GPH 469 Computer Graphics Development
Basic graphics architecture. Coordinate systems. Clipping. Three-dimensional representations and transformations. Visible-surface algorithms. Introduction to illumination. Gouraud and Phong shading. Texturing techniques including light and environment mapping as time allows.
This course provides an in-depth introduction to current methods for real-time interactive computer graphics using an industry standard API. We will cover a wide range of topics from the mathematical foundations to current trends in computer hardware for computer graphics.
Required: F. Hill, Computer Graphics Using OpenGL, 2001.
Highly Recommended: Nieder, et al. The OpenGL Programming Guide: The Official Guide to Learning OpenGL, Release 1.4 (This is the famous "red" book. The definitive guide to OpenGL)
Recommended: Fosner, OpenGL Programming for Windows 95 and Windows NT, 1997.
Grading in this course will be broken down into four areas. Participation includes, but is not limited to attendance. You are also expected to participate in class discussions and contribute to the class in a positive way. The exams will be written. The final grade will be calculated with the following percentages.
- 30% Participation and Weekly programming assignments
- 35% Midterm
- 35% Final Exam
Late homework cannot be accepted as we will be going over homework at the begining of class the following week.
The midterm exam will be on Tuesday February 6, and the final exam will be Tuesday March 20, so mark your calendars. To pass the course, you must pass both the midterm and the final. The only acceptable excuse for missing an exam is illness (which must be documented). If missing an exam will be absolutely unavoidable, see me before the exam takes place or you will receive an automatic zero. Make-up exams are oral.
Attendance will be taken in class, and is required. After the first absence, your final grade will be affected for every missed class. Remember that this course is only 10 weeks long. Therefore, missing one class means missing 10% of the entire course. Being more than 30 minutes late will be counted as an absence. Also, while course notes may be posted on the web, they will not be exhaustive and may not include all topics covered in class.
What to Expect
As usual for courses in mathematics and programming, in this class you should expect to spend a significant amount of time outside of class reviewing course materials and topics and working on homework problems. Throughout the course, I may distribute handouts of notes on various topics, and certain in-class materials including sample programs will be available on the class website. Nevertheless you are expected to take comprehensive notes during class and to review those notes in preparation for the next class.
Evaluations are a way for students to provide valuable feedback regarding their instructor and the course. Detailed feedback will enable the instructor to continuously tailor teaching methods and course content to meet the learning goals of the course and the academic needs of the students. They are a requirement of the course and are key to continue to provide you with the highest quality of teaching. The evaluations are anonymous; the instructor and administration do not track who entered what responses. A program is used to check if the student completed the evaluations, but the evaluation is completely separate from the student’s identity. Since 100% participation is our goal, students are sent periodic reminders over three weeks. Students do not receive reminders once they complete the evaluation. Students complete the evaluation online in CampusConnect.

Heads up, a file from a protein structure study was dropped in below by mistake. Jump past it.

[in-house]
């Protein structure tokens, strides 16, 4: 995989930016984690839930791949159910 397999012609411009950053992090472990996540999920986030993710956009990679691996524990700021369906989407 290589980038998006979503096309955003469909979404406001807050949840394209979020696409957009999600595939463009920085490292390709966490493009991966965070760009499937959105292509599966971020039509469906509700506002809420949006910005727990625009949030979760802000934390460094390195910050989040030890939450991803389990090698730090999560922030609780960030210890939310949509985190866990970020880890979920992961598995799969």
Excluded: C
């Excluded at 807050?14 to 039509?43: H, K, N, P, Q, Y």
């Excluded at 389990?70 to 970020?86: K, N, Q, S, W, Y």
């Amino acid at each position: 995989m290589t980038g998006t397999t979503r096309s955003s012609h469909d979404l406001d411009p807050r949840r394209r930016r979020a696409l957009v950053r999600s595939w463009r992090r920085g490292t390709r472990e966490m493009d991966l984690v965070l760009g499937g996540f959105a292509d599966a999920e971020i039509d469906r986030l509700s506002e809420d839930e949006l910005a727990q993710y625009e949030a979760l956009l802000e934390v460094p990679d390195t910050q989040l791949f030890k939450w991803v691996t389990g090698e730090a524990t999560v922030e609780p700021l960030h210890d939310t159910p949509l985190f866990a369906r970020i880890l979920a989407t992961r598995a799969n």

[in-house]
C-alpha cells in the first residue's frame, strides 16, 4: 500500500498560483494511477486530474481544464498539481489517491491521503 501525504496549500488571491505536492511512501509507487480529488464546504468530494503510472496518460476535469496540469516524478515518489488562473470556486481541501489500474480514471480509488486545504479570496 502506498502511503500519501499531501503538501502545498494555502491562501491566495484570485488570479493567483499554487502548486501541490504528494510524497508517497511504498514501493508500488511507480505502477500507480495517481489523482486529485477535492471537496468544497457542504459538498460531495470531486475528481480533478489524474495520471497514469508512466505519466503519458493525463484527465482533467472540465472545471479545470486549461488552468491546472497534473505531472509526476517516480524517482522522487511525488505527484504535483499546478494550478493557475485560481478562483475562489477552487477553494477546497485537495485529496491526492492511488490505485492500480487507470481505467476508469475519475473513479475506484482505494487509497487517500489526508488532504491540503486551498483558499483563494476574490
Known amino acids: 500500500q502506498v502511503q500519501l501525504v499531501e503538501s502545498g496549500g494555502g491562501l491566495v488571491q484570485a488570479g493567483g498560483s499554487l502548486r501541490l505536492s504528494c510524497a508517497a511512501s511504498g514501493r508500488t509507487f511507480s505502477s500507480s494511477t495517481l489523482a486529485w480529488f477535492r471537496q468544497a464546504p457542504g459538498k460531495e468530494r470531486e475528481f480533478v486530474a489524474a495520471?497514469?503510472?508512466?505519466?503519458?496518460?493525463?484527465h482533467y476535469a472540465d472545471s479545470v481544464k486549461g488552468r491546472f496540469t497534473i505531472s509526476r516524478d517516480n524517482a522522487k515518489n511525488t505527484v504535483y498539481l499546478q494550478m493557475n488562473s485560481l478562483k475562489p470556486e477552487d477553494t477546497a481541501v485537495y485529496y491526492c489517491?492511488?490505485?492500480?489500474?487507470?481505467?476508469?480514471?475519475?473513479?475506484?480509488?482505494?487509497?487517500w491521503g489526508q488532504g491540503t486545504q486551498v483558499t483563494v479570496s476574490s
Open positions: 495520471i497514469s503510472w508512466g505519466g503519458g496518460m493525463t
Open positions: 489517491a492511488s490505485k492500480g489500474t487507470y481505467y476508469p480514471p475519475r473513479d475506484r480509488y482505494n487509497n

Email is the primary means of communication between faculty and students enrolled in this course outside of class time. Students should be sure their email listed under "demographic information" at CampusConnect is correct.
This course will be subject to the academic integrity policy passed by faculty. More information can be found at http://academicintegrity.depaul.edu/
The university and school policy on plagiarism can be summarized as follows: Students in this course should be aware of the strong sanctions that can be imposed against someone guilty of plagiarism. If proven, a charge of plagiarism could result in an automatic F in the course and possible expulsion. The strongest of sanctions will be imposed on anyone who submits as his/her own work any assignment which has been prepared by someone else. If you have any questions or doubts about what plagiarism entails or how to properly acknowledge source materials be sure to consult the instructor.
An incomplete grade is given only for an exceptional reason such as a death in the family, a serious illness, etc. Any such reason must be documented. Any incomplete request must be made at least two weeks before the final, and approved by the Dean of the College of Computing and Digital Media. Any consequences resulting from a poor grade for the course will not be considered as valid reasons for such a request.
Students who feel they may need an accommodation based on the impact of a disability should contact the instructor privately to discuss their specific needs. All discussions will remain confidential.
To ensure that you receive the most appropriate accommodation based on your needs, contact the instructor as early as possible in the quarter (preferably within the first week of class), and make sure that you have contacted the Center for Students with Disabilities (CSD) at:
Student Center, LPC, Suite #370
Phone number: (773)325.1677